Want to boost your energy for a more productive workday? Here are 10 simple strategies to eat, energise and elevate…
1. Get off the blood sugar roller coaster
Did you know that consuming just two 300ml sugary drinks each day would end up as a huge 22 kilograms of sugar in one year? Whilst it may be tempting to rely on high sugar options to improve alertness, many options can result in blood sugar highs and lows. Low blood sugar can lead to energy slumps, lack of concentration, irritability and may stimulate further cravings for sugary ‘quick fix’ foods.
Instead opt for snacks, which keeps blood sugar stable and provides sustained energy. By combining protein, fibre and a little healthy fat with your carbohydrate source, you can slow the rate at which sugar is released into the bloodstream.
- Wholegrain toast (carbohydrate + fibre) and poached egg (fat + protein) = slow-release energy
- White toast (carbohydrate) and jam (carbohydrate) = fast release energy
2. Opt for whole grains and fibre-rich carbohydrates
Our brain runs on sugar to function and uses as much as 20% of all energy required by the body. All carbohydrates break down to sugar, however, the slow release and fibre-rich carbohydrates provide us with more sustained fuel all day long. Opt for wholegrain carbohydrates such as brown rice, brown bread, brown pasta as well as chickpeas, lentils, beans, quinoa, oats, beans, lentils, chickpeas and leave the skin on your potato.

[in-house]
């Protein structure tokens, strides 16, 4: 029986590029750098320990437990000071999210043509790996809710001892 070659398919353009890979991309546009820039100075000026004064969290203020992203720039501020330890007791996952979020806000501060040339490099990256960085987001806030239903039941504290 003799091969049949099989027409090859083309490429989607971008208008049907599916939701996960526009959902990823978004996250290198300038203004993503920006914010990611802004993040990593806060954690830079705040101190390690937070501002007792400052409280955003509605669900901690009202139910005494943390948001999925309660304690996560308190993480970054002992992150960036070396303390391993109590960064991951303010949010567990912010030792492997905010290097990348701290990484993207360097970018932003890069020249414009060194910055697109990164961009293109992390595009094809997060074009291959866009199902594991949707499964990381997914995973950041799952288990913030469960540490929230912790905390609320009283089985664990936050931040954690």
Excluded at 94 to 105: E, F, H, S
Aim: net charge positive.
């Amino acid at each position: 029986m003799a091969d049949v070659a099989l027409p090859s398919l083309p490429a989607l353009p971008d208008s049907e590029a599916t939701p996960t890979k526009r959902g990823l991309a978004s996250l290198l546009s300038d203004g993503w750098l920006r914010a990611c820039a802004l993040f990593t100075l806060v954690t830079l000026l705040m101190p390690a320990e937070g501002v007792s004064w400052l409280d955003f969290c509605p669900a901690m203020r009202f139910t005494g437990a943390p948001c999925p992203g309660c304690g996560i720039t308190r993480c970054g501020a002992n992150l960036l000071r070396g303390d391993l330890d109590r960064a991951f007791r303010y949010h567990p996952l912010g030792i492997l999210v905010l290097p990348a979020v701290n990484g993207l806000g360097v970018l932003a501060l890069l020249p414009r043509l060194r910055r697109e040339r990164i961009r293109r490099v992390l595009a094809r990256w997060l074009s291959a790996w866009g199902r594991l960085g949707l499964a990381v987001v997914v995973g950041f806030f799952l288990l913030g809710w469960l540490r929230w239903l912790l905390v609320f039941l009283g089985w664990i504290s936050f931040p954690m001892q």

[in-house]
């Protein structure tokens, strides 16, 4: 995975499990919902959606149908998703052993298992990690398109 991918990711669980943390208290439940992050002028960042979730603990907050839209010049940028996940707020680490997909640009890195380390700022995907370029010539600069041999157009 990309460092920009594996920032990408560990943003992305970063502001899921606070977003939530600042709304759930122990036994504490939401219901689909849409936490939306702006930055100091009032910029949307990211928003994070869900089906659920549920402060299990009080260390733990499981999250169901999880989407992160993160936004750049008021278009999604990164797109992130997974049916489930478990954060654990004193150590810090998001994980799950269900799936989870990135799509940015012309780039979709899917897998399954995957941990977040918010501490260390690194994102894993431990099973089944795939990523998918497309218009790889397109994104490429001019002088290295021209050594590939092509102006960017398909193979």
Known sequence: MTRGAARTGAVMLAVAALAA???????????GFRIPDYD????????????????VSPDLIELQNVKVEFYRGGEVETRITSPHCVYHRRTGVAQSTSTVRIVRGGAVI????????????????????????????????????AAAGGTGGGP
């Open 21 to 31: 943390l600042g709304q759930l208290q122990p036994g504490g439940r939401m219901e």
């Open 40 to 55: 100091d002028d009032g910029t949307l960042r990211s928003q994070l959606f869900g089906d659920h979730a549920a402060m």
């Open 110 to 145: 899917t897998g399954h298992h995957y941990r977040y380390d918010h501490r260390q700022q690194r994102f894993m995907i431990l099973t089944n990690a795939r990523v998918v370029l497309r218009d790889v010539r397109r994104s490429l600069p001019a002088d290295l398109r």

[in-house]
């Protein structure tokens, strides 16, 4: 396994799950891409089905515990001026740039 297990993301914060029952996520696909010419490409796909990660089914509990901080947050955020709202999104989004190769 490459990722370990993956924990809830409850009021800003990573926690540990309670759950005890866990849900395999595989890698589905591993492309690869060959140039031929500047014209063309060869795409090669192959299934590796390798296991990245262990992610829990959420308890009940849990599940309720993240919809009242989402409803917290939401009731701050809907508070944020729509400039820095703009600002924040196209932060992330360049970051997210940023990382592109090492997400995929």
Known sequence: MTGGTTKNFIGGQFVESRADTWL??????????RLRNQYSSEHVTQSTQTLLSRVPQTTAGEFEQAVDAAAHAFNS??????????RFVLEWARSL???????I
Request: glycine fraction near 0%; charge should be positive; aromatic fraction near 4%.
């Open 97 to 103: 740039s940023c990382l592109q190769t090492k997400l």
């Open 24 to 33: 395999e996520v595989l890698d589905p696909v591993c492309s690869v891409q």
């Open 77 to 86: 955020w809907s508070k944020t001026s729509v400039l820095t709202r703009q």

3. Protein – little and often
Protein has satiating properties and is required for the growth and maintenance of muscle mass, both of which play a role in maintaining a healthy body weight. Whilst we don’t all need a high protein diet, we should aim to spread consumption throughout the day by incorporating it at each meal.
Try lean meat, fish, low-fat dairy products, eggs, tofu, tempeh, beans, lentils, chickpeas, nuts and seeds.
4. Avoid the food coma at lunch
Sometimes afternoon drowsiness can simply be down to eating too much at lunchtime. If you struggle with that post-lunch slump, opt for a balanced lunch and be mindful of the portions size especially when it comes to carbohydrate and fat. Remember to follow the food plate guide for optimal energy. You may also like to enjoy a nourishing afternoon snack.
5. Set yourself up for success by having a healthy option to hand for that 3pm sugar fix!